But as he prepares to get back to the warm embrace of voters for his second term bid, this same song of being a jihadist, working hard to Islamise the country, will move to a much higher decibel. If the opponents did not find anything substantial in the past to hang on their noxious notion of Buhari, there is one, now, no matter how improbable.

The new symbol of opposition, fortuitously provided by the unrelenting Boko Haram insurgents, is in the person of Leah Sharibu, the Dapchi Christian girl still in their captivity. You will recall that Sharibu was among the 110 female students abducted by the Boko Haram insurgents on February 19 this year from their school in Dapchi. After negotiation with the Buhari Federal Government, all the girls but six were returned safely to their parents.

Five of them, we were told, had died in their custody but the sixth, Leah Sharibu, was held back because, according to the narrative, she was asked to renounce her Christian faith, as a condition for her release, but she pointedly and courageously refused. And her captors have also stubbornly stuck to their gun by refusing to let her go – this plump prize for ransom.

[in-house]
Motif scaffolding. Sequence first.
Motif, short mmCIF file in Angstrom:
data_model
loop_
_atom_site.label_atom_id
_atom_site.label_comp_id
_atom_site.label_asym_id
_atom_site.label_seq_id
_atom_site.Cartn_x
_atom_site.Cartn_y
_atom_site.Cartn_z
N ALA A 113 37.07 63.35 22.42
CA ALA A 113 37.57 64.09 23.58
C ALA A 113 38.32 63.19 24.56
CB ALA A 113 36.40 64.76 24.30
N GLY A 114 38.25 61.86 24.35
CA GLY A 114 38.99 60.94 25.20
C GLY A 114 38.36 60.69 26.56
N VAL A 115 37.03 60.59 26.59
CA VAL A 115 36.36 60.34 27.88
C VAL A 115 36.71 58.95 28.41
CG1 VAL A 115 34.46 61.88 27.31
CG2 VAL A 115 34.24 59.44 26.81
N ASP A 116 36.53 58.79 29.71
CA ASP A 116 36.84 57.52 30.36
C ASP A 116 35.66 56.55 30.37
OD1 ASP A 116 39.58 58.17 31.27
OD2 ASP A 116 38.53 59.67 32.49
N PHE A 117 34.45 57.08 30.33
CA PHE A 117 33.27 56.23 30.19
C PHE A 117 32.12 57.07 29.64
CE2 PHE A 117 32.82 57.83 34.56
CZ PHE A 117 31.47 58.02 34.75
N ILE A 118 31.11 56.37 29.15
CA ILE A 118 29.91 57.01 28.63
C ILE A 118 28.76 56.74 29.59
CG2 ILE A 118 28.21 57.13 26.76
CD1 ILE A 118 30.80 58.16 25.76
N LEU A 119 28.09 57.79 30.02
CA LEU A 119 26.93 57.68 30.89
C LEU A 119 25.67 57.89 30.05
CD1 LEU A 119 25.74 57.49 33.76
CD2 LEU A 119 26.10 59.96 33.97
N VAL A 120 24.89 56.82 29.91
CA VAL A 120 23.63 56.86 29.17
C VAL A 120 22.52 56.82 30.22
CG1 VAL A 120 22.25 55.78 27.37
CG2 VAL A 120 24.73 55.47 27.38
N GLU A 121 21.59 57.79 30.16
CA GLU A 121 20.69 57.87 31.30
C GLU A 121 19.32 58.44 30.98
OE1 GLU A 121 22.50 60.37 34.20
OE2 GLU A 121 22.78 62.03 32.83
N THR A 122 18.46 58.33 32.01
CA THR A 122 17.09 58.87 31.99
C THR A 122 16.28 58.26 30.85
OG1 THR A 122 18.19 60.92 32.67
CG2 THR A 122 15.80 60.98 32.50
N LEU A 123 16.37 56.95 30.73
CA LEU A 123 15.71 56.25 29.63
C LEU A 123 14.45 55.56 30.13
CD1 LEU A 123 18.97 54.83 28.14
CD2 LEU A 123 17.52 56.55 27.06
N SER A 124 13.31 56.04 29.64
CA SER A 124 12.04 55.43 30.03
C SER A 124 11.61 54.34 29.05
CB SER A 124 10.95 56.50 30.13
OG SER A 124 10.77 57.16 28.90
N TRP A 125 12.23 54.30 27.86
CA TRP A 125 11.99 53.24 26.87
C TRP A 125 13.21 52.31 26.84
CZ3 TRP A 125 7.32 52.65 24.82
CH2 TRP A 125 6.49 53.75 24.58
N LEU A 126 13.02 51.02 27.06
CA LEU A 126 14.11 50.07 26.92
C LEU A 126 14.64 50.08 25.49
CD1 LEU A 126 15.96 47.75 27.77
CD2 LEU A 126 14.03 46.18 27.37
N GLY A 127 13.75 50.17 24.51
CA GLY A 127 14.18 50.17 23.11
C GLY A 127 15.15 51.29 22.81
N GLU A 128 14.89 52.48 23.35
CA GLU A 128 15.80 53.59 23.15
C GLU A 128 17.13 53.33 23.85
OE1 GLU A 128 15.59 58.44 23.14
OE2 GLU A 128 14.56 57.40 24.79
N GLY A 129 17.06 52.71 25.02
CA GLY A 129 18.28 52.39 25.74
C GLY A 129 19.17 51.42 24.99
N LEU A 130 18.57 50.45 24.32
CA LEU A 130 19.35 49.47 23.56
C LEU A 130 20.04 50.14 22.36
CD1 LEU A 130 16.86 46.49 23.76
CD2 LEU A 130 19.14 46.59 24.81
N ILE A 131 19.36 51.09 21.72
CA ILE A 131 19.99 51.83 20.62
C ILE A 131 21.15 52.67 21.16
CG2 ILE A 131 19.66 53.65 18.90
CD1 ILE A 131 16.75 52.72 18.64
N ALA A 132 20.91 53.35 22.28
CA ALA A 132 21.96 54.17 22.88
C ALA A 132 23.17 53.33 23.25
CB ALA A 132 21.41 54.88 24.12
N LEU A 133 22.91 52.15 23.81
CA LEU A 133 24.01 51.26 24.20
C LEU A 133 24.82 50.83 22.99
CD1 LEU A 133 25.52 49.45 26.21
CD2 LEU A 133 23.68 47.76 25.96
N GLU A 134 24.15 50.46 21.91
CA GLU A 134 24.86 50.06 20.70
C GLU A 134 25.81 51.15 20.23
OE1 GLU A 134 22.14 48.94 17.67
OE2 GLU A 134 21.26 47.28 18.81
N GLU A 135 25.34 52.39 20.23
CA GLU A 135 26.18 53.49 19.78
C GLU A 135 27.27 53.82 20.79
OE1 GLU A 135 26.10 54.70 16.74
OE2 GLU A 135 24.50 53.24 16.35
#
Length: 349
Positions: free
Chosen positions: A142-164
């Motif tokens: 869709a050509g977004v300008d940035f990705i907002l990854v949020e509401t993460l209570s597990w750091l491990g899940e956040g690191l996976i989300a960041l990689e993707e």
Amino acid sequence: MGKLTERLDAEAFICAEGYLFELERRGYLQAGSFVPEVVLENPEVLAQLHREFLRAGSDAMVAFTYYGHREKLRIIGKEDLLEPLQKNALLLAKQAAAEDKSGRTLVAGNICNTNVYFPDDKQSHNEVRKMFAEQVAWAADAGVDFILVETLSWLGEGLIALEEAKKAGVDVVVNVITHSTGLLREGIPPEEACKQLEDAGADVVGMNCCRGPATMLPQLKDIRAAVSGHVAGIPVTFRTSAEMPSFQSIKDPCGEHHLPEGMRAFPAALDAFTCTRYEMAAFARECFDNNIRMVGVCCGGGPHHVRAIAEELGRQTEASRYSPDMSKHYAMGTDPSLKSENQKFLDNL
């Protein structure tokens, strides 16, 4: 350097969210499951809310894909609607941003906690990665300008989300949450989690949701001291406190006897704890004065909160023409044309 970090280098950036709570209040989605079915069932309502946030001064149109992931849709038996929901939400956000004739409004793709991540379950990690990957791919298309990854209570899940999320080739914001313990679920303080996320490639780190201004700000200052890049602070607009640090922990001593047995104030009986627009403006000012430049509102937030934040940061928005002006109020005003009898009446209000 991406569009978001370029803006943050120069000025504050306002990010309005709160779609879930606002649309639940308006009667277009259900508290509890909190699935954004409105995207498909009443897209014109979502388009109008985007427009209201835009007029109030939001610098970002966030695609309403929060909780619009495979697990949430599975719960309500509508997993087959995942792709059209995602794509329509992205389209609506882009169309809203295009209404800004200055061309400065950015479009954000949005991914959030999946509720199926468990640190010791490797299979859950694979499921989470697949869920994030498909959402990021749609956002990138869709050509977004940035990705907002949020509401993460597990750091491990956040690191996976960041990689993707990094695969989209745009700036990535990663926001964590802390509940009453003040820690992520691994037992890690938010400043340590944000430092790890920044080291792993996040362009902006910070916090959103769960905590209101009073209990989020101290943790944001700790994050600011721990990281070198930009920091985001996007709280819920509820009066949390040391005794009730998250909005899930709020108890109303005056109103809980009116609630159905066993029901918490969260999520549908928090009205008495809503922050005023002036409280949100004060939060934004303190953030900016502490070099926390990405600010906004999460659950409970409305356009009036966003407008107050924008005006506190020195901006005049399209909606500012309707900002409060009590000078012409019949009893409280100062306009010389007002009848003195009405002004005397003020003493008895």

There are various dimensions to this Leah Sharibu conundrum, all of them worrisome – the religious dimension, the human rights dimension and, especially for President Buhari, the political dimension, not to even mention the criminal dimension.

It is important to say it again, even if for the umpteenth time, that there is no compulsion in religion, especially in Islam. And, for the avoidance of doubt, Islam also forbids forced marriage. Forget about some strange cultural admixture that has been used, in some instances, to dilute religion. In war situation, there is a clear directive not to harm women and children; not to desecrate places of worship – Churches and Mosques or the synagogue. This came even before the United Nations Charter.